“Mama,” he said, startling the other three. “Simple. See?”

And he hummed the Song for Drying Clothes as beautifully as Axis had.

Azhure opened her eyes, stared at her son, and burst into tears.

Axis glared the boy into silence and gathered Azhure into his arms. “Shush, sweetheart. I’m sure that –”

“No!” Azhure cried. “It’s hopeless. I’ll never be able to learn.”

“Axis,” StarDrifter said gently. “Perhaps the trouble is that, while Azhure is of SunSoar blood, the blood link is too far removed from either of us for us to be able to teach her.”

The gift and powers of the Icarii Enchanters were passed on only through blood, from parent to child, and Enchanters could be trained only by one of their own House, or family, and usually only by someone of close blood relation. Normally it was a parent who trained a new Enchanter, although someone else of close blood link within the family could also assist. Thus Axis’ grandmother, MorningStar, had been able to assist her son StarDrifter teach his son, Axis.

But WolfStar came from a generation of SunSoars four thousand years old. He had died, been entombed, walked through the Star Gate, and had then come back for purposes that neither Axis nor StarDrifter could yet fathom.

Axis stared at his father, then looked at his wife. “Azhure, StarDrifter could be right.”

Azhure sat back. “Yet WolfStar could train both you and Gorgrael, Axis. You are as far removed from him in blood as I am from you.”

“None of us knows how powerful WolfStar has become,” StarDrifter said. “He obviously has the power to use whatever blood link there is, while neither Axis nor I can do that.”

“Then perhaps Caelum can train me,” Azhure said. “See how easily he has learned the Song for Drying Clothes!” Oh, how much it stung that she could not learn even a ridiculously mundane Song while a child less than a year old could do so! “And he is as closely blood linked to me as WolfStar.”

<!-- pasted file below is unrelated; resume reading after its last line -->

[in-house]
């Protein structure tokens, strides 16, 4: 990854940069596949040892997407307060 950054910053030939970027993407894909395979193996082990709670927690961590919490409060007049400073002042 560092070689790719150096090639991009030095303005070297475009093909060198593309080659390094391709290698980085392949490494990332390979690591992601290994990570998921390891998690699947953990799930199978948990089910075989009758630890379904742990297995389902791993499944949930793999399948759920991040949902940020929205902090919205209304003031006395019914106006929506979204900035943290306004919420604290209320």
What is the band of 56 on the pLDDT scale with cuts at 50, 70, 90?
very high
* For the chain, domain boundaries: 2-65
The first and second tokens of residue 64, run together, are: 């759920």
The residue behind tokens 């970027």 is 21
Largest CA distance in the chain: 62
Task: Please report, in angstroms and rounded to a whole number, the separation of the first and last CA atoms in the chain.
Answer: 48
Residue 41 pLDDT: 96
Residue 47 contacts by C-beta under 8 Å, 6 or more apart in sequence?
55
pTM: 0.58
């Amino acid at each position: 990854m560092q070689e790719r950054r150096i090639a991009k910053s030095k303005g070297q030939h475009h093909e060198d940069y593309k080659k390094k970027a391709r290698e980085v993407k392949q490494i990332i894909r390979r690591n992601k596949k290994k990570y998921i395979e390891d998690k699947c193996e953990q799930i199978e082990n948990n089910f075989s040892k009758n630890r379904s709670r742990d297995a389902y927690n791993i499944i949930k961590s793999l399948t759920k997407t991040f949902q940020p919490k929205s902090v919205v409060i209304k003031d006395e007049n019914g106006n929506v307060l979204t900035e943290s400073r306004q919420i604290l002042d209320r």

Surprised, for he had never thought of such a thing, Axis raised his eyebrows at StarDrifter in silent query. A child teach a parent? It had never been done before – but then never before had an Icarii Enchanter come to his or her powers after they had fathered or birthed a child.

Neither Axis nor StarDrifter liked the thought – a largely untrained child could do enormous damage to an equally untrained parent, but what harm could the Song for Drying Clothes cause? At most, it could cause a warm breeze to fill the room. And if Caelum could teach Azhure, then it would be best to find out now.

StarDrifter caught Axis’ thoughts and nodded slightly.

Axis turned his gaze to his son, still cross at him for showing off in front of his mother. Even Caelum at his tender age should have had more sensitivity.

Well Caelum, would you like to try?

It was a thought that all in the room caught. The ability to hear and, eventually, speak with the mind voice was one of the earliest powers Azhure had demonstrated, and it was a skill she developed day by day. At least she had that much.

The child nodded soberly, ashamed for the hurt he had caused his mother.

Axis picked the baby up and sat him on his knee. The child reached out his chubby hands and Azhure, after a slight hesitation, took them in her own.

Again they went through the routine, Caelum using his mind voice to talk to Azhure – for it was easier for him than his still cumbersome tongue. Azhure closed her eyes and concentrated as hard as she could, and yet, when he had finished singing and it was her turn, all that issued forth from her mouth were such discordant notes that the three Enchanters’ faces sank.

“Useless,” Azhure said, and turned away from the others so they would not see her tears.

“Azhure,” StarDrifter said. “No-one knows how changed WolfStar was when he came back through the Star Gate. How his power was altered by his experiences beyond the Star Gate. It is more than conceivable that WolfStar has bequeathed you power through his blood that is different to any the Icarii have known previously. So different that you cannot be trained through traditional methods. You cannot even use your power in the traditional way. Axis –” His voice firmed. “Azhure obviously has power, we both witnessed her tear that Gryphon apart.”

Axis nodded, and even Azhure wiped her eyes and stared at StarDrifter.

“We witnessed Azhure use power, Dark Music, to destroy the Gryphon that threatened her and Caelum, but we did not hear her sing!”

“Stars!” Axis said, shocked he hadn’t remembered that himself.

StarDrifter suddenly laughed, his beautiful face joyous, and he deposited Caelum on the floor and seized Azhure’s hands in his own. “Azhure! You have power, magnificent power, but it is so different to what any of us have experienced before that we do not know how to teach you. We probably can’t teach you, anyway.”

Azhure smiled as she absorbed what StarDrifter was saying. “Then what use is such magnificent power, StarDrifter, if the only time I can use it is when I am attacked by a Gryphon?”

Despite the concern evident in her words, Azhure’s voice was more relaxed now and her tone lighter.

“Azhure,” Axis said. “There are many reasons why you may be finding it so difficult to use your powers. StarDrifter has perhaps discovered the main one. But also you effectively blocked out your power for so many years that I am not surprised you find it almost impossible to call it willingly to you now.”